Early acts of literacy

Literacy is thought to have first emerged with the development of numeracy and computational devices as early as 8,000 BCE. Script developed independently at least four times in human history in Mesopotamia, Egypt, lowland Mesoamerica, and China.
Bill of sale of a male slave and a building in Shuruppak, Sumerian tablet, circa 2600 BC

The earliest forms of written communication originated in Sumer, located in southern Mesopotamia about 3500-3000 BCE. During this era, literacy was “a largely functional matter, propelled by the need to manage the new quantities of information and the new type of governance created by trade and large scale production”. Writing systems in Mesopotamia first emerged from a recording system in which people used impressed token markings to manage trade and agricultural production. The token system served as a precursor to early cuneiform writing once people began recording information on clay tablets. Proto-cuneiform texts exhibit not only numerical signs, but also ideograms depicting objects being counted.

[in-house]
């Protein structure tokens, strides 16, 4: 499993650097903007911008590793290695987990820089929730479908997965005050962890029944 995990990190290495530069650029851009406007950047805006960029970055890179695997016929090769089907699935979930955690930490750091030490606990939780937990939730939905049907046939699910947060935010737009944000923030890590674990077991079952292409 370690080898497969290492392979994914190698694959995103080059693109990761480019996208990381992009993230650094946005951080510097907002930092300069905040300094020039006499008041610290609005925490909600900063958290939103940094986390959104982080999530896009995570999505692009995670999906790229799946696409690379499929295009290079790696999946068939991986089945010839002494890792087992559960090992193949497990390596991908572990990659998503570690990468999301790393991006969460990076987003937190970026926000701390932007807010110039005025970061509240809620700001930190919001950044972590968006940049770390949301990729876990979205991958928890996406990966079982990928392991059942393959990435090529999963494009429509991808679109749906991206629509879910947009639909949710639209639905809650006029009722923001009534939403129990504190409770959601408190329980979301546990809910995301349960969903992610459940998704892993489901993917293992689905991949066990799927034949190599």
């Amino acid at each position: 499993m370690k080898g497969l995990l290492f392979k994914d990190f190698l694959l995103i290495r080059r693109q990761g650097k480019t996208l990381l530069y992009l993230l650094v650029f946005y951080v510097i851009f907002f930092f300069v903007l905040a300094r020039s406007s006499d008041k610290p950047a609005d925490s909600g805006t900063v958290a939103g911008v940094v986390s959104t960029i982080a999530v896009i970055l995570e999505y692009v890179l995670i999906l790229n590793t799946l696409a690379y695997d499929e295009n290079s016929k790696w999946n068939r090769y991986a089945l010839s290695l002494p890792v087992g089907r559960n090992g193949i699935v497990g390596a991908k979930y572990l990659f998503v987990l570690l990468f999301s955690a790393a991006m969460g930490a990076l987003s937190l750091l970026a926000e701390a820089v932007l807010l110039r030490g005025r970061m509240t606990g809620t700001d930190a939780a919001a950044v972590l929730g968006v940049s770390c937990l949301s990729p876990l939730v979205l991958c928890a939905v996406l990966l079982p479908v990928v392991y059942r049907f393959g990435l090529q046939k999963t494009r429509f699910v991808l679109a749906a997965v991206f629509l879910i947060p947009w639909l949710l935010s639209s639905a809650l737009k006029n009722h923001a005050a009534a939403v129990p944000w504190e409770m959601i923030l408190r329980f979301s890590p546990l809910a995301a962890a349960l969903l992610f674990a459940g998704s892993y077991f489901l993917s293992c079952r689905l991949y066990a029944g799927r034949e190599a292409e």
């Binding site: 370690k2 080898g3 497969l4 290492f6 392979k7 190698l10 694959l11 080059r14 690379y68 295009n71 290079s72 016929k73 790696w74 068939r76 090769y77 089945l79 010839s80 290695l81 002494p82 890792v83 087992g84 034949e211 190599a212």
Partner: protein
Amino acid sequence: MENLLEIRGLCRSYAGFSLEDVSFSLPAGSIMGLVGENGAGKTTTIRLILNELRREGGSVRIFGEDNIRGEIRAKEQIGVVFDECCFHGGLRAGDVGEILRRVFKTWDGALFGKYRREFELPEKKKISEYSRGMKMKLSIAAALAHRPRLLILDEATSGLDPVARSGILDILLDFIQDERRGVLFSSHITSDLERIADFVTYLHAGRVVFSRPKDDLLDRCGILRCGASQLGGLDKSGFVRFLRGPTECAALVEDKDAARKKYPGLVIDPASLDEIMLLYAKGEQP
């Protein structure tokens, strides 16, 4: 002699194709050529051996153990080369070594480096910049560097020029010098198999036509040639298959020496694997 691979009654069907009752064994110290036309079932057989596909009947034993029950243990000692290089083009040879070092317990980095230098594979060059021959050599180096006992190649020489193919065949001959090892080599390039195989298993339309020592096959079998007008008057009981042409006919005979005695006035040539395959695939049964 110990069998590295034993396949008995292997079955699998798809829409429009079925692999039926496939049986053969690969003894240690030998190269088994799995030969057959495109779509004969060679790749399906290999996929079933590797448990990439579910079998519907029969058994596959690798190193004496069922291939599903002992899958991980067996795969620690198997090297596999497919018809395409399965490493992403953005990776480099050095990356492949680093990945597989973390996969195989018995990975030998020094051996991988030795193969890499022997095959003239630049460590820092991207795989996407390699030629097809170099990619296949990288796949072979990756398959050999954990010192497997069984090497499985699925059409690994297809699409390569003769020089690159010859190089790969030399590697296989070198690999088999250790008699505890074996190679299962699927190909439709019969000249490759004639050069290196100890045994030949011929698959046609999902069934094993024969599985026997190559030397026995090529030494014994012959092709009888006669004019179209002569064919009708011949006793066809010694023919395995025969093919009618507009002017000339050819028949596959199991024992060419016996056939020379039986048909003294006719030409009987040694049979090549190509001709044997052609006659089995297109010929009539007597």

Egyptian hieroglyphs emerged from 3300-3100 BCE and depicted royal iconography that emphasized power amongst other elites. The Egyptian hieroglyphic writing system was the first notation system to have phonetic values.

Writing in lowland Mesoamerica was first put into practice by the Olmec and Zapotec civilizations in 900-400 BCE. These civilizations used glyphic writing and bar-and-dot numerical notation systems for purposes related to royal iconography and calendar systems.

The earliest written notations in China date back to the Shang Dynasty in 1200 BCE. These systematic notations were found inscribed on bones and recorded sacrifices made, tributes received, and animals hunted, which were activities of the elite. These oracle-bone inscriptions were the early ancestors of modern Chinese script and contained logosyllabic script and numerals.

These examples indicate that early acts of literacy were closely tied to power and chiefly used for management practices, and probably less than 1% of the population was literate, as it was confined to a very small ruling elite.